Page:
Maquiladoras Mint Plethora of Labor Disputes
Increasingly, US firms trying to outrun real estate costs and strict environmental regulations are moving south of the border. The exodus and its implications lie at the heart of Washington's battle over free trade.
IN industrial plants that hug the border here, Mexicans in blue smocks assemble computer chips, glue seals on refrigerator doors, and mill oak cabinets that were once made in the United States. To many, the plants represent a buoyant vision of the future, an emerging North American economy in which Mexico becomes a production platform for US companies, sowing benefits on both sides of the border.Skip to next paragraph
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To others, however, the plants portend pain and pink slips for the American worker - an exodus of US companies south of the Rio Grande.
For the past quarter-century, US firms have been setting up assembly and manufacturing facilities, called maquiladoras, in Mexican border towns. Now the plants lie at the center of the intense debate in Washington over the North American Free Trade Agreement.
Under the pact, the number of US-owned companies operating south of the border is expected to jump; firms are lured not only by the traditional benefit of cheap labor but also access to the Mexican market. But even if the pact doesn't go through, many analysts believe the US presence in Mexico will continue to increase as companies seek cheaper places to produce widgets.
"The free-trade agreement would accelerate the process," says Jorge Carrillo, who has studied maquiladoras at the College of the Northern Border here. "But it will grow with or without the pact."
In the past two years the number of maquiladoras has risen from about 1,500 to 2,000, employing a half million people. Last year they earned Mexico $3.5 billion in foreign exchange, second only to oil.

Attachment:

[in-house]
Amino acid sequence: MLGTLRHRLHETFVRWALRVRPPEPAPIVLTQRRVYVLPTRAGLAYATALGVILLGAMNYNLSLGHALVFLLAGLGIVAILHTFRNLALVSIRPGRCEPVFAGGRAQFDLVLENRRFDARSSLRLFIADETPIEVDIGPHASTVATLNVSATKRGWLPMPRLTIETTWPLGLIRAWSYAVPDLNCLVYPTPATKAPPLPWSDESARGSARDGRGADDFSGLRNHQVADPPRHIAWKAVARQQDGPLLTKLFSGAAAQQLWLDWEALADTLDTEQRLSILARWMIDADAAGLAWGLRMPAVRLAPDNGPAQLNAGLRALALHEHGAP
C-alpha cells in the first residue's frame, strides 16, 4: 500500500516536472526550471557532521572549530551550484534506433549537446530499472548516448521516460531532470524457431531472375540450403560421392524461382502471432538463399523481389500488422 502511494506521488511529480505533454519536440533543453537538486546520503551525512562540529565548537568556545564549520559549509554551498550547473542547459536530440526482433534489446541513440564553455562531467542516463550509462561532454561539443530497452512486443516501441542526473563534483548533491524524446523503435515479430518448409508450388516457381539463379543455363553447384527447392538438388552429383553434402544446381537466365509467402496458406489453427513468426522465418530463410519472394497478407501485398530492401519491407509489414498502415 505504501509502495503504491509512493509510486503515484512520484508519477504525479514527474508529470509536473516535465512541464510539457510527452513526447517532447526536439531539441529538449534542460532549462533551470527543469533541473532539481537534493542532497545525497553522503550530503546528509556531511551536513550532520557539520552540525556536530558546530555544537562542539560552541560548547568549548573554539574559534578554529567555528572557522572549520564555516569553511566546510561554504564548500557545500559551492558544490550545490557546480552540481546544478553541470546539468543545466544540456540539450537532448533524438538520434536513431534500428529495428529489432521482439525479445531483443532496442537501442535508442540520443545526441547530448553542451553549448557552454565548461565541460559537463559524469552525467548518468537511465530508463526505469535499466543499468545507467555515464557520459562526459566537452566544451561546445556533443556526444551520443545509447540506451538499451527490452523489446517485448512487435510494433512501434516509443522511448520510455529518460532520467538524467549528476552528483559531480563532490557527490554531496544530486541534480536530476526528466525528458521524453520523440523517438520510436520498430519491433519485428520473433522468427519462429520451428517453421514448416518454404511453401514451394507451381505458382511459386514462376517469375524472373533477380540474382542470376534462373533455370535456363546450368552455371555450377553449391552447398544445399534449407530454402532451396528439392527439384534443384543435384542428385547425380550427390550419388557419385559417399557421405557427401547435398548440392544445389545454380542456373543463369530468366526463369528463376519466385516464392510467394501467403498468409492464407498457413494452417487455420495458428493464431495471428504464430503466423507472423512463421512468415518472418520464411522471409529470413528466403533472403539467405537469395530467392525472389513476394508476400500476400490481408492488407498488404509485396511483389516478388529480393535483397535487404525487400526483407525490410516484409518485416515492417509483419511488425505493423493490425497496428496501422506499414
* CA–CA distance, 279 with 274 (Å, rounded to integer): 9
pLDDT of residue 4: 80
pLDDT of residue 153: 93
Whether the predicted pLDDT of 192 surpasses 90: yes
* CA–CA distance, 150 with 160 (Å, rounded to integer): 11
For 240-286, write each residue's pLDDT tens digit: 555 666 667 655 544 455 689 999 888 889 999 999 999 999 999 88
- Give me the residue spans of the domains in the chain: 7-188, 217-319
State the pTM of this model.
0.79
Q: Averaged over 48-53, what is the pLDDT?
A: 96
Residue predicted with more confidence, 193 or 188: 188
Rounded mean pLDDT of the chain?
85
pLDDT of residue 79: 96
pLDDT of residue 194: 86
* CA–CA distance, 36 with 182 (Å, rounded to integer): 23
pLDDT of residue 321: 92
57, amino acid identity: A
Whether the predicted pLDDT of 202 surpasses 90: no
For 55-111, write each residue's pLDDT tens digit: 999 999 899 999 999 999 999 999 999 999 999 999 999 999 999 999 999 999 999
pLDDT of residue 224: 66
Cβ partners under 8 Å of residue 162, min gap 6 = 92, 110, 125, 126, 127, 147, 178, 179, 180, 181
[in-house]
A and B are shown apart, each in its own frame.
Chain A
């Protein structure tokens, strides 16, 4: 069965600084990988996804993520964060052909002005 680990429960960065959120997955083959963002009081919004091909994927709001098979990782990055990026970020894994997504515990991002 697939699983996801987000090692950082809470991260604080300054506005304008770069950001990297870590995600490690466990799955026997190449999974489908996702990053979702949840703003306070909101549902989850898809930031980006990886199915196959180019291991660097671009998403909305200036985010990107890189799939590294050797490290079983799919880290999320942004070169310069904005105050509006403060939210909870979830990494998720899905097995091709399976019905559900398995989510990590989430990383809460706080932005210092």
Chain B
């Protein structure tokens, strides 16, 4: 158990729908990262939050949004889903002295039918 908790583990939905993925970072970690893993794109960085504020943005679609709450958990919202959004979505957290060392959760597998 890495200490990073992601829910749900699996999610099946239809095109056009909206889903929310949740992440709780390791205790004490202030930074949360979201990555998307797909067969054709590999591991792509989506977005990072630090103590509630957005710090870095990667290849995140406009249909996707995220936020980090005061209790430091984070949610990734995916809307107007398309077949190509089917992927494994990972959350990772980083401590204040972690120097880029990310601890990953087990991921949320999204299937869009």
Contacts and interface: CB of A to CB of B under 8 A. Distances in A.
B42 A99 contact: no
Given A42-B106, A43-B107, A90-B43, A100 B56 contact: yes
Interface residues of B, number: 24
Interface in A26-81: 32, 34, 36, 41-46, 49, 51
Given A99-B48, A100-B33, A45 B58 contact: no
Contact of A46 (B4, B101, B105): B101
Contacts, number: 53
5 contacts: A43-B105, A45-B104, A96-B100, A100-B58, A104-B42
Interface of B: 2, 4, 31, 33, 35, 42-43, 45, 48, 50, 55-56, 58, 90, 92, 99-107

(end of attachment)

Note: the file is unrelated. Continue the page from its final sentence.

The US companies operating here, under laws that allow them to import components duty-free, assemble them, and ship the products back to the US, read like a who's who of the Fortune 500: Ford, General Dynamics, AT&T.
There are also plenty of smaller firms, and a growing contingent of Japanese companies (Sanyo, Hitachi, Sony), that assemble TV sets, vacuum cleaners, and medical equipment, stitch shirts, and mold hulls for boats. Companies that service the maquilas are following.
"The trend is that suppliers are now moving into Mexico," says Jodie Williamson, managing editor of Twin Plant News, a trade publication.
Other firms are beginning to arrive that require more than menial labor. Cummins Engine Company, the big Indiana diesel maker, plans to put $24 million into a sophisticated plant to produce crankshafts.
Mexican officials welcome this investment because it will create skilled jobs and refutes the image of Mexico as a backward country with nothing but cheap labor. But unions and other groups in the US fear such moves presage a new genre of corporate defection.
A wage rate that averages $1.40 an hour in the maquilas remains a prime reason for the corporate convoy southward.
But the potential opening of the Mexican market to more US goods and what companies view as onerous regulations in the US can also play a part. In recent years, several dozen furniture manufacturers have left southern California for Mexico and other parts of the Southwest partly because of the region's air-quality rules, the nation's most stringent.
In 1989, Eric Morgan Inc., which employed 300 people making home entertainment centers in the Los Angeles area, moved lock, stock, and table saw to Tijuana. Company brass say environmental rules, high real estate, and other costs stifled expansion.